In Republican States Like Missouri, Medicaid Expansion Still Faces Stiff Opposition
Six years ago, 53-year-old Corla Morgan noticed blisters forming on her neck and back.
“I couldn’t sleep because when I took my shirt off, if my shirt touched my skin, the skin just peeled off,” Morgan says. “I was in really horrible pain.”
Eventually she was diagnosed with nonmelanoma skin cancer, but that took a while—years, actually—because other than some trips to the ER she wasn’t going to the doctor. She couldn’t afford it.
Medicaid expansion was meant to cover people like Morgan. She’s too sick to work now, but even when she wasn’t, the jobs she pieced together didn’t pay enough for her to buy insurance.
“I was working two jobs just to keep my bills half paid,” she says.
And because Missouri chose not to expand Medicaid under the Affordable Care Act, an able-bodied adult like her doesn’t qualify without a dependent child.
More than 2.5 million Americans who would have been covered by Medicaid expansion were left uninsured in the 19 mostly-Republican states that rejected it. Now, following the GOP’s failure to repeal the Affordable Care Act, some of those states are revisiting the decision.
Renewed Efforts For Expansion
The governors of Georgia, North Carolina and Virginia have each said they are open to exploring the idea of Medicaid expansion. In Maine, a referendum on expansion will be on the ballot this fall. The biggest push so far, though, came in Kansas, Missouri’s neighbor to the west.
Kansas’s Republican-majority legislature voted for expansion in late March. But when the state’s Republican Governor vetoed the legislation, lawmakers came up a few votes shy of being able to override the veto. That’s in a state where Medicaid expansion had majority support.
In Missouri, opposition is much stronger. That has Democrats like state Representative Martha Stevens frustrated.
“It’s really a shame that we have not brought our federal dollars that we’re sending to D.C. back home to cover people,” Stevens says.
The federal government would pay at least 90 percent of the cost of expansion, which would bring about $2 billion into the state each year. Stevens says Missouri is just leaving that money on the table.
“Missouri is experiencing a huge budget crisis right now and we have an opportunity to bring in millions of dollars into our state budget to cover folks for healthcare,” she says.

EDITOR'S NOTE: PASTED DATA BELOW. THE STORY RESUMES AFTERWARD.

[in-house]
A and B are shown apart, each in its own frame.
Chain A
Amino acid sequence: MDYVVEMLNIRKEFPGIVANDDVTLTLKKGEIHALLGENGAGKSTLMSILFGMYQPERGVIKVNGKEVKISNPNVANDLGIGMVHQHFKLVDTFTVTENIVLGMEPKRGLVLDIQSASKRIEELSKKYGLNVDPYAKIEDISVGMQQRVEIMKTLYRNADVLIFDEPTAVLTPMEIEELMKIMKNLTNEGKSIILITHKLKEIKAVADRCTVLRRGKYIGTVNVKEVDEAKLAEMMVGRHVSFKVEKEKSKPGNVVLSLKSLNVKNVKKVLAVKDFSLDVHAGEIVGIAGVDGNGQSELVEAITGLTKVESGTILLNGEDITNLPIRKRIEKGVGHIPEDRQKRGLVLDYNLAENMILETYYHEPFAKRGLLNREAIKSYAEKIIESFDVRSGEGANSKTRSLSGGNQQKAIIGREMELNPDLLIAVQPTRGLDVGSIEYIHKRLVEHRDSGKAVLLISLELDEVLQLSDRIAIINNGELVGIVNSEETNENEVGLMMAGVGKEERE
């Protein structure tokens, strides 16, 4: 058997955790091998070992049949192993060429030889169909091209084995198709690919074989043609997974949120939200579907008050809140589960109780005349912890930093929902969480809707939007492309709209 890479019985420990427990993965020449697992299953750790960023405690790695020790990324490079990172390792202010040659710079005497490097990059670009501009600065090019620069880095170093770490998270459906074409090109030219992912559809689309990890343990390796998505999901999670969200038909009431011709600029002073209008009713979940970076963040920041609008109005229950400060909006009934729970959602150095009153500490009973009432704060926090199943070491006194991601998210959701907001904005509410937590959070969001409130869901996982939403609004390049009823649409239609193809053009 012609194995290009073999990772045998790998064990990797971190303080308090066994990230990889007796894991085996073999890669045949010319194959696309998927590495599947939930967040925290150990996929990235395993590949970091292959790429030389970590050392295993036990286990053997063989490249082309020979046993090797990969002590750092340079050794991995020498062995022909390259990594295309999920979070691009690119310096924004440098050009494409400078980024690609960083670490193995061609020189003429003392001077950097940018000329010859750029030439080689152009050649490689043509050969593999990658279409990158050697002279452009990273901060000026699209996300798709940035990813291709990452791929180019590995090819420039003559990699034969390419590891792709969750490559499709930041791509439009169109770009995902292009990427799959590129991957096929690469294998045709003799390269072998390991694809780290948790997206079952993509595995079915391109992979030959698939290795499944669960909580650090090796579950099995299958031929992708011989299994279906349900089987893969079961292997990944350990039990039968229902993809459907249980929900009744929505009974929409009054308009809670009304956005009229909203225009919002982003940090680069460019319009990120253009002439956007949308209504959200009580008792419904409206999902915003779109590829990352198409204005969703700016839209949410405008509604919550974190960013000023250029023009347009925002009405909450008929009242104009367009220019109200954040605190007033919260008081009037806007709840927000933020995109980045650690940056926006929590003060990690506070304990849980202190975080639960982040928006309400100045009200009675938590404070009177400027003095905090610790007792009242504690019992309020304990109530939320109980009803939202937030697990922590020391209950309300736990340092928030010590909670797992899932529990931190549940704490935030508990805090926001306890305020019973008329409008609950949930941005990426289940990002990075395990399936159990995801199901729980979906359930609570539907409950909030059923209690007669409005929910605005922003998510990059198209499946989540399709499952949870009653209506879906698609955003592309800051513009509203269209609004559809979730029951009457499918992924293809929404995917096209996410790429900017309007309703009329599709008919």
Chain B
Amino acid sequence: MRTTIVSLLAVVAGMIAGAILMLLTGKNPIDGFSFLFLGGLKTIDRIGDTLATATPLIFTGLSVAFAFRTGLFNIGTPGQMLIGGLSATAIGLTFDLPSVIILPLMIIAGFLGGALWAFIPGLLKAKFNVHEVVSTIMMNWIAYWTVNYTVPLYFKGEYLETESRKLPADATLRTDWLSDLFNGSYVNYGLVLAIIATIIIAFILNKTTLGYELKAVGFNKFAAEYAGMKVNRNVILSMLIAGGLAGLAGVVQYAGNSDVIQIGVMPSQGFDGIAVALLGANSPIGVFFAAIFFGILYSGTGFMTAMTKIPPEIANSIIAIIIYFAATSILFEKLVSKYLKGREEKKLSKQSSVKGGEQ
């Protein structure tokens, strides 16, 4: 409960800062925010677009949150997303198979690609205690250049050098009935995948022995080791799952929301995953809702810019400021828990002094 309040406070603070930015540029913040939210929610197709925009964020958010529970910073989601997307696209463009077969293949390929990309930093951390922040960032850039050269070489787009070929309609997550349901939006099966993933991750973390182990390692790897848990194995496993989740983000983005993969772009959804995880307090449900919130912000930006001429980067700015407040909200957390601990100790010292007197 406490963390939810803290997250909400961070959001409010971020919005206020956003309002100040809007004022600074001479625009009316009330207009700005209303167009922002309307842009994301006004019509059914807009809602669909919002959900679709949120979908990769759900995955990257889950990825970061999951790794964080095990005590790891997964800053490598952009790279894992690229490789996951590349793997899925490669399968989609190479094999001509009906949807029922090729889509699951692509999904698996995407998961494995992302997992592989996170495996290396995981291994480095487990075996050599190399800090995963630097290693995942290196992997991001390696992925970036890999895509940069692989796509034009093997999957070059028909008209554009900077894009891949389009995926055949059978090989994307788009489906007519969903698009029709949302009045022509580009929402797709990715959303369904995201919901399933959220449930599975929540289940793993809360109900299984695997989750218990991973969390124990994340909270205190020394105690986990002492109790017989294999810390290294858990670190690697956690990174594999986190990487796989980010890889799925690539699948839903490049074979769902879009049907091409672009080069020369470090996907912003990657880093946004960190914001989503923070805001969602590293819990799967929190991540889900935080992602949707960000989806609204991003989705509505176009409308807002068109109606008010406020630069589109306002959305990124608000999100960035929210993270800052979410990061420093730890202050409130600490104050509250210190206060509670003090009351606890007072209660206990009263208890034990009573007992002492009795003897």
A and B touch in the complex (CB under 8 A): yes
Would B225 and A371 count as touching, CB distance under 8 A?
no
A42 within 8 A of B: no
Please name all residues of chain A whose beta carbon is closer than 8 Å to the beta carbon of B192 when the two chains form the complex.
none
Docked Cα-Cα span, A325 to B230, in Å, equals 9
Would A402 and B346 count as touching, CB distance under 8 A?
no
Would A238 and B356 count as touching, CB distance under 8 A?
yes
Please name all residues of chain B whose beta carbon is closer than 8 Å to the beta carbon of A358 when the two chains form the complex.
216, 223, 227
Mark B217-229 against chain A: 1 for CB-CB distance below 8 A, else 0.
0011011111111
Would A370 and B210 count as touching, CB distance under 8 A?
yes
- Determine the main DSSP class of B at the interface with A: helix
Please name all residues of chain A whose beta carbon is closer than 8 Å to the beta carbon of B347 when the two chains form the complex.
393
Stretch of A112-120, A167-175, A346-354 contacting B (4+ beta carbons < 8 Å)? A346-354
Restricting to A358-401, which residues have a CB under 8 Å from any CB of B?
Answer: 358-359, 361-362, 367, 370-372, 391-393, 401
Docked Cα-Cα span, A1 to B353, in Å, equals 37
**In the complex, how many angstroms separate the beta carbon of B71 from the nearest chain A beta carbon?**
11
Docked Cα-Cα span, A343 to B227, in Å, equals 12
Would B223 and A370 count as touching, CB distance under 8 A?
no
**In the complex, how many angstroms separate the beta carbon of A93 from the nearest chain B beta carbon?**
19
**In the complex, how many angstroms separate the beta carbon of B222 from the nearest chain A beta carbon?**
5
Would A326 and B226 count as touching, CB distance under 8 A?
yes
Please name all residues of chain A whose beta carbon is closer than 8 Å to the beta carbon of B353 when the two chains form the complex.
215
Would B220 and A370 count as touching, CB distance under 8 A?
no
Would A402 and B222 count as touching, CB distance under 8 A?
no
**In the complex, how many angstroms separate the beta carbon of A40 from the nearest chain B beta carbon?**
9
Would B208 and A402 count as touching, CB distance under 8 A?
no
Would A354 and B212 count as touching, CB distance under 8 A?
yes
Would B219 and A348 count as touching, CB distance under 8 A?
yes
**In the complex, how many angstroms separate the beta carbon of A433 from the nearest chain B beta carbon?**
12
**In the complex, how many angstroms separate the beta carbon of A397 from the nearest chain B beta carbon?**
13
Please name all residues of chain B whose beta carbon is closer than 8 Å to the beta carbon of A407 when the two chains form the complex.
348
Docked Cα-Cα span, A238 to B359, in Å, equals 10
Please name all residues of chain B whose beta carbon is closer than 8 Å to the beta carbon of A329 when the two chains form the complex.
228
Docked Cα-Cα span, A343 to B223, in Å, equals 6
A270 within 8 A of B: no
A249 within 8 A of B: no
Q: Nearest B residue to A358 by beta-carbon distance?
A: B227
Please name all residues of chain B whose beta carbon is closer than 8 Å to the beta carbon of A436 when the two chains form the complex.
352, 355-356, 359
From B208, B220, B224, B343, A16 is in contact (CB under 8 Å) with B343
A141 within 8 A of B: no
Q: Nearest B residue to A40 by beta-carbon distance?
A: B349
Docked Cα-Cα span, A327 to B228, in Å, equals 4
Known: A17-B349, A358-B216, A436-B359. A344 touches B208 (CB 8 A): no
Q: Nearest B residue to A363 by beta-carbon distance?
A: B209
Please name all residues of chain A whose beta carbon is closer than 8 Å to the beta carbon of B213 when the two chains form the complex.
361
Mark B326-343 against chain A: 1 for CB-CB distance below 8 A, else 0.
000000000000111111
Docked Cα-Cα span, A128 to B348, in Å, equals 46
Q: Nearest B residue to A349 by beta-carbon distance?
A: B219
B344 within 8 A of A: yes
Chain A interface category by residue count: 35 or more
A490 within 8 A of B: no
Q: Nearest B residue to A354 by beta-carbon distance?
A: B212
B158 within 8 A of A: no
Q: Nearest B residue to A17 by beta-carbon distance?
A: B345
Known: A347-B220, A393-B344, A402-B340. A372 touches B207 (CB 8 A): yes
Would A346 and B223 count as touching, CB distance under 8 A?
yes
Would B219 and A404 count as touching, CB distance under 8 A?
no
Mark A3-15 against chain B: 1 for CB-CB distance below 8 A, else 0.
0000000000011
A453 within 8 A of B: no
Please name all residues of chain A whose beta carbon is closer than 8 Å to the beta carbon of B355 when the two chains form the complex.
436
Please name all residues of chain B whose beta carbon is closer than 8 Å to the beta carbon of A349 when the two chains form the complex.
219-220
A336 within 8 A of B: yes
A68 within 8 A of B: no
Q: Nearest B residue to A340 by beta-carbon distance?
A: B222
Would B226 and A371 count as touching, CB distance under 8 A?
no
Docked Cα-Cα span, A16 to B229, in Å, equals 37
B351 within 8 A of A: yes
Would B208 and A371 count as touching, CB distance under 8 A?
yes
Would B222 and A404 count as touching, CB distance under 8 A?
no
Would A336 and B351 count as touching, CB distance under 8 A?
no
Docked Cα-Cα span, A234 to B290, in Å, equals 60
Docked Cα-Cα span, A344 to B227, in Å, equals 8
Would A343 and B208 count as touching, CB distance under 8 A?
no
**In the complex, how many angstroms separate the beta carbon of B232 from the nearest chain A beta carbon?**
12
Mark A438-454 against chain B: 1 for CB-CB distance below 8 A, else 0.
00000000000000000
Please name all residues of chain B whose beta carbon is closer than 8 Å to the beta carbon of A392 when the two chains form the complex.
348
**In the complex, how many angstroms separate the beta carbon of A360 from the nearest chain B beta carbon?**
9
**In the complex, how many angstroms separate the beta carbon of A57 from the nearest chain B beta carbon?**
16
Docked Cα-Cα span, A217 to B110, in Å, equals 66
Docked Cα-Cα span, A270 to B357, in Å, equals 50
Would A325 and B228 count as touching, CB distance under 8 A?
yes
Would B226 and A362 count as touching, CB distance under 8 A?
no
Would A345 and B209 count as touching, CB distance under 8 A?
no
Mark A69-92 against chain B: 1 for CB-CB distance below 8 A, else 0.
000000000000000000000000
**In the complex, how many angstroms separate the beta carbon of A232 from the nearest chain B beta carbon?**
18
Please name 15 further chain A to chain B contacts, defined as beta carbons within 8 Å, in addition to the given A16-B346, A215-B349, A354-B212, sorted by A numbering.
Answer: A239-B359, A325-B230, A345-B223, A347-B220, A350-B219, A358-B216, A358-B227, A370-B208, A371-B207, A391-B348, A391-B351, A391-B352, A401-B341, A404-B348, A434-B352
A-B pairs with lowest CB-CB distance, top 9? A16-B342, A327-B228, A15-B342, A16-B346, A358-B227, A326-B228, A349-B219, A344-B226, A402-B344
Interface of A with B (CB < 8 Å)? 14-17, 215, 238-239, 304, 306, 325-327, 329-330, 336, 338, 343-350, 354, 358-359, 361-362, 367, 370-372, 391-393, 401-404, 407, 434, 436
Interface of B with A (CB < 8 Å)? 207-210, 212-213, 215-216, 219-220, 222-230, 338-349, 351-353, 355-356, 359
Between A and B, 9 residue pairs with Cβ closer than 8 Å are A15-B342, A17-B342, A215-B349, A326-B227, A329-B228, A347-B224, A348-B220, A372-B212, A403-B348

Last week, the Missouri House voted down a proposal to expand Medicaid 102-41.
Caught in Political Crossfire
When the Affordable Care Act was passed, Medicaid expansion was never supposed to be optional. Actually, it was meant to be a cornerstone of the healthcare law. But when the U.S. Supreme Court upheld the law in 2012, it also ruled that states could not be required to expand the program.
That ruling, according to Heather Howard, a public affairs lecturer at the Woodrow Wilson School of Public & International Affairs at Princeton, made Medicaid expansion susceptible to heated state politics.
“A lot of people thought [those political battles] had to do with President Obama. And so some people thought that after this most recent election, the politics would cool and states could expand Medicaid,” Howard says.
But that hasn’t happened, and Howard says that’s because many Republicans are now focused on controlling Medicaid spending altogether. That’s true on the national level, as well as the state level. Missouri state Representative Scott Fitzpatrick, who chairs the Missouri House Budget Committee make a fiscal argument against expanding.
“We’ve had to cut over $500 million of spending from [this year’s] budget to essentially make room for growth in Medicaid,” Fitzpatrick says.
He says expanding the program would make things worse. Even with the federal funds for expansion, Fitzpatrick says Missouri would still be on the hook for another $200 million a year.
“In a year where we are already cutting a lot of money out of higher education and other things in the state to pay for Medicaid growth, I don’t see us coming up with an extra $200 million,” he says.
Plus, there’s still a chance the U.S. Congress will take another stab at passing a major health care bill.
“I don’t think this is the [legislative] session in which we’re going to make knee-jerk reactions about expanding Medicaid,” Fitzpatrick says.
Cost of Care
Even without expansion, though, taxpayers still subsidize healthcare for the poor. Missouri hospitals provided $1.2 billion in uncompensated care in 2015, the most recent year the data is available. Hospitals don’t just eat that debt. There are local, state and federal funds that offset part of the costs, and a lot of what’s left is passed on to patients who do have insurance.
When the 2016 uncompensated care numbers are tallied, it will include the charity care Corla Morgan is receiving.
She’s been going to the hospital for painful treatments “at least three times a week for months,” she says. And those treatments will continue for the foreseeable future.
“It just seems like the state don’t want to help and it makes you feel like you’re nobody,” Morgan says.
Fighting back tears, she adds, “I’m about ready to give up.”
This story was produced by Side Effects Public Media, a news service covering public health.
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